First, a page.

Home and Away

We know who we are at home, where all is familiar. But who are we away?

When I was a kid, going to Ole Miss football games with my Dad was kind of everything to me. I didn’t yet know about travel, or drinking, or girls, or hiking, or anything else that later would get me excited. So when Dad and I were at the game, watching our team together, everything seemed to be exactly in place.

And, in fact, those games were in a place: Oxford, Mississippi. That’s where we tailgated, walked to the stadium, took our seats, usually saw our team lose, and then commiserated together in the car afterwards, in time for dinner at home with Mom. They were home games.

And then one time when we saw them play somewhere else – away.

The city was different, the stadium was different, the seats and the view were different, we ate in a restaurant afterwards instead of home with Mom … but at some point I had a kind of epiphany: We were watching the same team, just on a different field and in different colored shirts. Same players, same plays, usually the same result. Just … away instead of at home.

This may seem obvious, but to 10-year-old me it was really something to think about. It wasn’t like there was a home team and an away team. It was the same team! The entire experience was different, new, and exciting; but at its core it was the same: Me, Dad, and the Ole Miss Rebels.

I’ve been thinking about this lately as I settle into a new life in Madrid. Almost everything about my experience right now is different: the language (which I don’t yet speak), the customs, the way everything works, my (so far) lack of friends, my lack of routine, all of it.

The more time I spend here, however, the more a similar epiphany shows up in little spots: I’m still me. I am building a life here which will always look different but at its core be the same, because the person at its core will be the same. I will do the same work I did before, have the same values and aspirations as before, figure out the hikes, find friends, pick my own neighborhood, make my apartment my home, get into a routine, all of it.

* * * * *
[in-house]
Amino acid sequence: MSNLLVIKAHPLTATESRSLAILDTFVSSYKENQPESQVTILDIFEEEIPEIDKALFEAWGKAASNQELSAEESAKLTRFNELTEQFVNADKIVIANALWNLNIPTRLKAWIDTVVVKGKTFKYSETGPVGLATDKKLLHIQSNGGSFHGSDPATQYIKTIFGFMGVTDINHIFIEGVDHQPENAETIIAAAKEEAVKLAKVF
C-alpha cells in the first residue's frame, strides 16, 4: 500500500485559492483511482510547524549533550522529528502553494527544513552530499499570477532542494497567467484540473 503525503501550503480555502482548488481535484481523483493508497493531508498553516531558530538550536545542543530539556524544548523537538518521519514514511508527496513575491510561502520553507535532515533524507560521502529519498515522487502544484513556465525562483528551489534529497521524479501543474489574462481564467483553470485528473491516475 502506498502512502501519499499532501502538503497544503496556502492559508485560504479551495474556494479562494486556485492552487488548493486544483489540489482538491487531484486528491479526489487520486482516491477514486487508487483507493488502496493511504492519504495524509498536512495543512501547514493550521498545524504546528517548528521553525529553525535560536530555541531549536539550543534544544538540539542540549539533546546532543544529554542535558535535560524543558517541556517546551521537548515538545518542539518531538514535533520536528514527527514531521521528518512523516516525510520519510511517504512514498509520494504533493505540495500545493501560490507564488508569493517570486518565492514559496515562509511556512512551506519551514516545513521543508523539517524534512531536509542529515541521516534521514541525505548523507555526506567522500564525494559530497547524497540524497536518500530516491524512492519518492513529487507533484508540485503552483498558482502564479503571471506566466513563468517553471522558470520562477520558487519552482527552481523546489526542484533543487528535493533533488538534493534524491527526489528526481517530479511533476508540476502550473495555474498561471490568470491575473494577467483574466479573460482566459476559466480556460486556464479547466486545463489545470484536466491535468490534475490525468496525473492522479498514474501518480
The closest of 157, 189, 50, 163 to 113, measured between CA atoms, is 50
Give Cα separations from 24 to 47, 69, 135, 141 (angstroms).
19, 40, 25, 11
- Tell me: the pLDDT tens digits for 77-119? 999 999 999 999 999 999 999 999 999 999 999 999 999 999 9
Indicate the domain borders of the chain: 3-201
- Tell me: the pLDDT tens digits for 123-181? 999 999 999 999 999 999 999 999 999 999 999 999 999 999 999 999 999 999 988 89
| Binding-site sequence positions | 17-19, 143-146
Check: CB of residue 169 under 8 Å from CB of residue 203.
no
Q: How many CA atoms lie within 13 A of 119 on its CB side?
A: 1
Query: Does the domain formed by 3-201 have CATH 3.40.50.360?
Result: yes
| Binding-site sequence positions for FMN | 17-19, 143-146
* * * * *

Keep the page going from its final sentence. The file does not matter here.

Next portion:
To say the least, that process comes with some confusion at times. For example, my initial community in town is the local English-speaking 12-Step crowd. I enjoy and appreciate them very much, and yet I already find myself keeping my distance just a little – like when they go out for dinner after a meeting and, for me, it’s just too late and too loud. That’s not who I am. I’m a guy who likes quiet conversations and wants a good night’s sleep before he goes hiking tomorrow. I also, apparently, like to hike more often and farther than most of them, so apparently I will hike alone fairly often – at least until I find my hiking crowd. Which I will do.

I also recently returned here with three pieces of checked luggage in the hold, filled with more clothes and outdoor gear but also with pieces of home: my blanket, my pillow, my mousepad, my favorite coffee mug, my stuffed animals, a couple pieces of artwork … These are small and superficial things, but just like Dad and I, when watching Ole Miss play on the road, sat with our fellow fans and wore our regular colors, I am also going to make my Madrid life, in many ways, like my Portland life. Because it’s still my life.

On a deeper level, I need to remember that under all the colors and other details, I am the same person. I am changing and growing, which is a big part of why I moved, but I’m still me. The ways I connect with people will be the same, even if (some day!) in a different language. My love of hiking is going nowhere, and in fact it will be invigorated by new trails, mountains and views. I will still be a recovering addict going to meetings. I’ll go to a new gym but do the same exercises I did before. I will learn a new language and make people laugh in that one, too. I might even get back to writing more.

And the longer I work at it, the more I look past the differences and let go of the expectations, the more in touch with my actual self I will be, no matter where I am. And then I will have my life … in Madrid. That’s the plan, anyway!

I lost Mom and Dad years ago, and I moved on from Ole Miss a long time before that. But I’ve still got me. I still have home. And now I have a long string of away games I get to play, as well.